P&W says ‘significant’ number of A320neo family engines will have to be removed

Pratt & Whitney warned that a significant portion of the PW1100G fleet will have to be removed and inspected
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Pratt & Whitney’s parent company, RTX (formerly Raytheon Technologies), has revealed that a significant number of engines powering the entire Airbus A320neo aircraft family will need to be removed for inspection.  

“Pratt & Whitney has determined that a rare condition in powder metal used to manufacture certain engine parts will require accelerated fleet inspection,” RTX said in its Q2 2023 results announcement, adding that the issue does not affect engines currently in production. 

RTX said it anticipates “a significant portion” of operators of the Airbus A320neo family aircraft, comprising of the A319neo, A320neo, and A321neo and its derivatives, will have to remove the PW1100G engine quicker than anticipated for inspection “within the next nine to twelve months”. This includes around “200 accelerated removals by mid-September of this year”, the company said.  

“The business is working to minimize operational impacts and support its customers. Management will provide additional detail on this matter during the earnings call,” RTX added.  

According to ch-aviation.com data, 1,321 Airbus A320neo family aircraft are powered by the PW1100G engine with 68 different airlines globally. Out of those, 211 are stored, meaning that a total of 15.9% of the PW-powered A320neo family fleet is currently inactive. 

In comparison, there are 1,474 Airbus A321neo family aircraft powered by the CFM International LEAP 1-A, of which 74 are stored or in maintenance (5%), an analysis of ch-aviation.com data showed. 

Throughout the year, Pratt & Whitney has struggled with its engine operations and airlines have complained about operational reliability and slow turn-around times (TAT) at engine shops. The affected engines included the PW1500G and PW1900G, powering the Airbus A220 and Embraer E2 aircraft, respectively, as well as the PW1100G.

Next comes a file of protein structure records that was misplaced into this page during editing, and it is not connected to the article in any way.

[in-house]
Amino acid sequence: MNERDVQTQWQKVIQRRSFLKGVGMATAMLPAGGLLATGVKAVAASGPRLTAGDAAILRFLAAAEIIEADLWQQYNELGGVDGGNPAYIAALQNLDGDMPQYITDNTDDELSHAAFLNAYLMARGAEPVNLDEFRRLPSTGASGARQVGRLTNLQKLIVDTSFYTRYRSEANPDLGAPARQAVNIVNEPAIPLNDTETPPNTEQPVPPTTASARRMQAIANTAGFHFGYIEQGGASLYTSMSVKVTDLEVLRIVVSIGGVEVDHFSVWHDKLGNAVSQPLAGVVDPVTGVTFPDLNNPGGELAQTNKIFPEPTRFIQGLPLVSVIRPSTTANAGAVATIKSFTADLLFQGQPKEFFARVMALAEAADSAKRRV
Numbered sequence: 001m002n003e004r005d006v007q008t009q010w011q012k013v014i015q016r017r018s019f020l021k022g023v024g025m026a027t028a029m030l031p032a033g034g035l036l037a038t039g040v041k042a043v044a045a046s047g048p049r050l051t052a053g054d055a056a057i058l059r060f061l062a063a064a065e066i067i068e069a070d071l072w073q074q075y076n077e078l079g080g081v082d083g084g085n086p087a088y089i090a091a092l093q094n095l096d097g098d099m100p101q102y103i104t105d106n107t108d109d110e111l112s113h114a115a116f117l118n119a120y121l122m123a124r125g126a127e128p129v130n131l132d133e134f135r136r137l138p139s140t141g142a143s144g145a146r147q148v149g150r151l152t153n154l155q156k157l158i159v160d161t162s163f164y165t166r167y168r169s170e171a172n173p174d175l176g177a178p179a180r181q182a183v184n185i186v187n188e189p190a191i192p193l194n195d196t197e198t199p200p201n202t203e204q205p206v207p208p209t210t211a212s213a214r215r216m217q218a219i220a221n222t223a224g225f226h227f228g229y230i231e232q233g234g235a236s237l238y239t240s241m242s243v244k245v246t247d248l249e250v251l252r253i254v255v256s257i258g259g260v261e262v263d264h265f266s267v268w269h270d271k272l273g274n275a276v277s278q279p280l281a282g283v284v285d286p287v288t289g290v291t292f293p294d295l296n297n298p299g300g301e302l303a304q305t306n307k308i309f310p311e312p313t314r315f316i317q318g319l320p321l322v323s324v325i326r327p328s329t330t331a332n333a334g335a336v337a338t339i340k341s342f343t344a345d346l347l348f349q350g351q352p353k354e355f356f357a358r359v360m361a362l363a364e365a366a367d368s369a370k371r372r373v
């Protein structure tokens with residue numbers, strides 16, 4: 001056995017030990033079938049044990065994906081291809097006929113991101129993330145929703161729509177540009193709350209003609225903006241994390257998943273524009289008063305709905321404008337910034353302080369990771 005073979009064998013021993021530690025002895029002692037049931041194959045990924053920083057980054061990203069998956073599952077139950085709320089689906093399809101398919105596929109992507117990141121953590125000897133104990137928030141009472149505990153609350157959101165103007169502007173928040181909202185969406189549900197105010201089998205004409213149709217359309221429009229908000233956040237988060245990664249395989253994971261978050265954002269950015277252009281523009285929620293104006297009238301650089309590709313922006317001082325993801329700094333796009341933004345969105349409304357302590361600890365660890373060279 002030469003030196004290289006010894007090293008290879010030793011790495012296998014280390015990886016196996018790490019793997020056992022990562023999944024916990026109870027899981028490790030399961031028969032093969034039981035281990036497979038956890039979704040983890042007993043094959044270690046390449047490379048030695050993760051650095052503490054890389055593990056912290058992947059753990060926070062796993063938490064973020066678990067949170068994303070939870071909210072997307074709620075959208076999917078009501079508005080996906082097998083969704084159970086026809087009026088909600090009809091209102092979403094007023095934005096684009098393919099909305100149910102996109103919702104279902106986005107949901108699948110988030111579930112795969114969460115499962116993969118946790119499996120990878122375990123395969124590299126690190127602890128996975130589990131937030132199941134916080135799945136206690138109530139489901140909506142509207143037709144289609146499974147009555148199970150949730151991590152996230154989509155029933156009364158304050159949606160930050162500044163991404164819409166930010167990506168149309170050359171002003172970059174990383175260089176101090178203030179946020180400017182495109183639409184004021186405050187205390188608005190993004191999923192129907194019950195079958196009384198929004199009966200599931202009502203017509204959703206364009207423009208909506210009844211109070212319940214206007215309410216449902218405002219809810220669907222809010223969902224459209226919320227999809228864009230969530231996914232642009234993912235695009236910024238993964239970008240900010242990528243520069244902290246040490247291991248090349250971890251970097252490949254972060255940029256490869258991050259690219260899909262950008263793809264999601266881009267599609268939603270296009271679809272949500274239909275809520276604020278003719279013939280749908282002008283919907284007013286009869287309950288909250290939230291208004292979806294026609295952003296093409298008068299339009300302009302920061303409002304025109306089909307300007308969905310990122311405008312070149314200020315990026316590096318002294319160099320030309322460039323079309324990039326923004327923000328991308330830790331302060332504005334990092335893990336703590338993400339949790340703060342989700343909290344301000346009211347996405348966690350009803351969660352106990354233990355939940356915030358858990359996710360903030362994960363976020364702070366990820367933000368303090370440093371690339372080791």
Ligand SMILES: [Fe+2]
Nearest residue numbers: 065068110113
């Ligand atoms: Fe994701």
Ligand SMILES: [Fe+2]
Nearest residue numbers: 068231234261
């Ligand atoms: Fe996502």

The engine family is also known as the Geared Turbofan (GTF).

The most high-profile case related to P&W’s engine issues was when India-based Go First suspended operations, blaming Pratt & Whitney for “close to 50% of its A320neo fleet” being grounded by December 2022. 

In June 2023, Pratt & Whitney published a roadmap for the future of the GTF program, saying that it has improved time-on-wing (TOW) for the GTF since the inception of the program.  

Still, while airlines in cooler environments “experiencing time on wing that the company expected at this point in the program”, operators based in “hotter, sandier environments are seeing shortened intervals and lower time on wing than expected”. 

“In addition, industry-wide supply chain pressures have affected material availability, which has led to increased turnaround times in maintenance, repair and overhaul (MRO) shops,” the company added.  

As a result, 10% of the GTF-powered fleet was grounded at the time. 

Furthermore, Pratt & Whitney has been expanding shop capacity for the GTF engine family, which should see Aircraft on Ground (AOG) “rates coming down through the end of 2023”. 

“We have more design enhancements ahead in 2024 and 2025 to further improve durability, including improved turbine and combustor hole drilling techniques and modified cooling hole patterns,” Matt Teicholz, vice president of Engineering for the GTF engine, concluded. 

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